MARK SIREK Administrator Posts: 313
edited June 2023 in OUR STORIES

Words by Kaitlyn Boyle, Photos from Ben Gavelda and Will Stubb

Photo: Ben Gavelda

If you Google "Top wedding and honeymoon destinations," surprisingly, the Tetons don't come up. Instead, Maldives, Hawaii, Italy, Greece, Mexico, Bora Bora, Bali, St. Lucia, Paris, the Caribbean, Thailand, Fiji, and Seychelles top the Google charts. Which, then considering nearly every single one of those places has turquoise blue water and beaches, it is entirely unsurprising that backcountry skiing, specifically, a self-supported, week-plus long backcountry winter ski traverse complete with winter camping (like, in the snow), is not even listed as a popular honeymoon activity and on top of a 10,200' mountain isn't mentioned as a place to get married.

But Will and I didn't Google weddings or honeymoons before deciding where or how we were going to officially tie the knot and embark on the adventure that is supposed to be marriage. Instead, when talking about where and how we would get married, we agreed on two elements: the first would be eloping* in a landscape that is significant to us as a couple, and the second part would be having a celebration at home in the Teton Valley with immediate family and friends to share our vows in front of the people who love and support us. 

*Note: I also didn't Google "eloping" before choosing to do so. The definition involves" sudden" and "secret," which now explains why some people were surprised when we shared our plans to elope ahead of time! My parents eloped in 1983, my brother eloped, and about half of my married friends have all eloped. I just thought it was one of many ways to get married.

Ski traversing across the crest of the Tetons has been in our minds since the beginning of our relationship. But most years, I get busy riding bikes by the time a spring ski traverse would be viable. This year our snowpack was setting up to be quite thick, and my spring schedule allowed for a big adventure beyond the bike. Plus, we had identified our wedding party date for June, so we needed to figure out where and when to go have our micro ceremony in the wild. The Teton Ski Traverse became the logical answer. Will had to take time off work, so we chose the Spring equinox as our hopeful weather window, knowing that late March could involve some winter storms, but also longer days and general trends toward more high pressure should lead to both great skiing and great traversing. 

Photo: Ben Gavelda

Planning a self-support ski traverse is logistically involved. The route needed to be built, the systems of clothing and gear identified, rations planned, fuel calculated, shuttles planned, and on top of the normal ski traverse logistics, the micro wedding ceremony had its own logistical needs. How does one bring their dog to the wedding ceremony but not on the ski traverse beyond the first summit? How do you bring a cake up to 10,200' when your pack is full of over a week's worth of gear? Who can officiate a marriage on a peak that is surrounded by avalanche terrain? These were all questions that needed answering, and somehow I had chosen one of the more complicated ways to get married.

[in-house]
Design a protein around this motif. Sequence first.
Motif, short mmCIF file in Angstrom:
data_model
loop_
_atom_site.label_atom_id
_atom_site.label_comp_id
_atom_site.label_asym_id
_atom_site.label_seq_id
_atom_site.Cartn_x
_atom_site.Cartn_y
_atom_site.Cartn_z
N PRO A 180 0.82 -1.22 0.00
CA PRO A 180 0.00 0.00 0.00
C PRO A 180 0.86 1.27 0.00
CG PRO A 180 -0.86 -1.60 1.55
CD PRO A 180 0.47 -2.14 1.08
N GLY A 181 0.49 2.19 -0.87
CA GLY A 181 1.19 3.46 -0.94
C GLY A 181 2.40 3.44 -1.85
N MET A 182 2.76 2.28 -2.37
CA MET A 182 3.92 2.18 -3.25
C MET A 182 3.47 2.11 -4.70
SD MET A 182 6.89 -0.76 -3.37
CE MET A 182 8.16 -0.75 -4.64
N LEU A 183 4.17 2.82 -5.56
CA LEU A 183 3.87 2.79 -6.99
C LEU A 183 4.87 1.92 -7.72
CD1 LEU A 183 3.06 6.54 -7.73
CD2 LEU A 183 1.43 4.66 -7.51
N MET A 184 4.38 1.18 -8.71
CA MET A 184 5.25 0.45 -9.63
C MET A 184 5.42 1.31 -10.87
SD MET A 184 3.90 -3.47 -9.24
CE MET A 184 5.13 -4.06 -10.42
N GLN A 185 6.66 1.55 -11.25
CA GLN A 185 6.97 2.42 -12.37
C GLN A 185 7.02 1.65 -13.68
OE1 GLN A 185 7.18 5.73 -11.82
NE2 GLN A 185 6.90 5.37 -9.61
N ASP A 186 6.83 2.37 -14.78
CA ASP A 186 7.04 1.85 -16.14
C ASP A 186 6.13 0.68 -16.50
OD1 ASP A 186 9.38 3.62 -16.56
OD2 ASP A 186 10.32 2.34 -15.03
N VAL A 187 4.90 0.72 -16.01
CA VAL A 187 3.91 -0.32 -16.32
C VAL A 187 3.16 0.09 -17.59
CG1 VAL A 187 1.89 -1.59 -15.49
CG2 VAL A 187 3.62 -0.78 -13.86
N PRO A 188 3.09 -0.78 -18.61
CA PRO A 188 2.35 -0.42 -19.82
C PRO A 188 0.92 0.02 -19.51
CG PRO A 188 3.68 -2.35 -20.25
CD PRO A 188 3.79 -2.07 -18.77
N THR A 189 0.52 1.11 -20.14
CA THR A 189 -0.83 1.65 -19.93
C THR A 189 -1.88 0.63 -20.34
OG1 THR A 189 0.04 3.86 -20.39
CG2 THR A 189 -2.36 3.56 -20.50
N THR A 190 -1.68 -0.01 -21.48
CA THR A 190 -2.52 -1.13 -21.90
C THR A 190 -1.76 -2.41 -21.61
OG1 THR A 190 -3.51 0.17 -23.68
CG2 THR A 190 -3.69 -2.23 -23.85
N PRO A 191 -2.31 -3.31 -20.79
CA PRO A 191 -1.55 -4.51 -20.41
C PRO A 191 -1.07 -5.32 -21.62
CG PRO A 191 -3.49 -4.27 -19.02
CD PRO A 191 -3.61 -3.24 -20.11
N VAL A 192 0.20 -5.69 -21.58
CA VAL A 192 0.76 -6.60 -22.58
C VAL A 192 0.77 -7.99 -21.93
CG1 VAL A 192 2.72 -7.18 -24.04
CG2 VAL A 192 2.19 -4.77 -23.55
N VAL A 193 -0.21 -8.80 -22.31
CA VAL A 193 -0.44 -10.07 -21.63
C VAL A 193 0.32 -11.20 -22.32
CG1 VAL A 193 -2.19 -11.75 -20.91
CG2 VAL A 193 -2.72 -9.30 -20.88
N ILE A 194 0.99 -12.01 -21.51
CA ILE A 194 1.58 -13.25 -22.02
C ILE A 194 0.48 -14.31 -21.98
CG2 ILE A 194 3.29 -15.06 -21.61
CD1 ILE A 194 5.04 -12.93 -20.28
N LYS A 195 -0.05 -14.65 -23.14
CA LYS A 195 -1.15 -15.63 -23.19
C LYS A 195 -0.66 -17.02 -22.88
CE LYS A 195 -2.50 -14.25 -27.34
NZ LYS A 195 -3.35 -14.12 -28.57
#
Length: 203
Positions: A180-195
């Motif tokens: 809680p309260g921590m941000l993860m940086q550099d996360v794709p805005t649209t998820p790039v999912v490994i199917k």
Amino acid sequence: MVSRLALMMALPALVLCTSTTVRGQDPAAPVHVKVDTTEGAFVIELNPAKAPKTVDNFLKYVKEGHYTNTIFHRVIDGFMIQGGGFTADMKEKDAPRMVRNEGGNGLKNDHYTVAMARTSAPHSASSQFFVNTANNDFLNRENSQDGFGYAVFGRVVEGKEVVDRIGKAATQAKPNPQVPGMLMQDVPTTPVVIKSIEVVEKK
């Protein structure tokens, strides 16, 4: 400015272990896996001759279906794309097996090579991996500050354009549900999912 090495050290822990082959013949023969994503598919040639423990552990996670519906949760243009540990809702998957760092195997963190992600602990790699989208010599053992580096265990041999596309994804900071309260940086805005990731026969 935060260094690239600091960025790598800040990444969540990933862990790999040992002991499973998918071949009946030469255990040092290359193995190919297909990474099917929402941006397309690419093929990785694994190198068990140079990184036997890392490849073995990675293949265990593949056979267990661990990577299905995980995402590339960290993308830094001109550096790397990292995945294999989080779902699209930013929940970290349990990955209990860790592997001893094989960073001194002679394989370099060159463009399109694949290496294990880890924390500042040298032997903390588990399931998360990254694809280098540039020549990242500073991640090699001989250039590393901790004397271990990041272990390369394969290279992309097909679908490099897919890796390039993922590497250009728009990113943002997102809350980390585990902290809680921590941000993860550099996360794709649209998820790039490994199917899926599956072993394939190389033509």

Photo: Will Stubb


We needed a route that was both a traverse across the Tetons, also viable for our window of time, and appropriate for the snowpack. We needed kits as light, svelte, and compact as possible for skiing pow and breaking trail all day. But, we also needed the clothing and camp gear to keep us warm and dry in potentially cold and snowy wintery conditions, both while skiing and camping. 

Beyond the kit, organizing food and nutrition involves a strategy and extensive planning and packing. We needed a ration with enough calories to keep us energized and recovering but no more than necessary to keep our pack weights minimal. We decided to set up two food caches so we'd only carry a maximum of four days of food between re-rations. 

Photo: Will Stubb


The route in concept was straightforward: ski south to north across the Tetons, starting on Mt. Taylor and using the Teton Crest as a handrail; ski as much pow along the way. When I told my dad the objective, his response was, "But don't you need rock climbing gear for those?" He had a good point. The iconic peaks of the Tetons are high, nearly vertical rocky peaks that only the most extreme ski mountaineers can ski. We were not going to be climbing and skiing up and over the South, Middle, and Grand Teton. We were taking the route along the crest of the range, where drainages divide between flowing east and west. Eventually, towards the north, we would have to pick a direction to exit, as there isn't winter road access to the northern terminus of the range. In an ideal scenario, we would retreat to the northeast across some of the bigger peaks of the eastern side of the north Tetons, down to and across Jackson Lake. Alternatively, we would exit a northern drainage to the west, back into the Teton Valley. We built routes and itineraries for both options, both coming to about 65 miles with around 35,000' of elevation gain and loss. We allocated ten days, including a day or two for basecamp style ski days.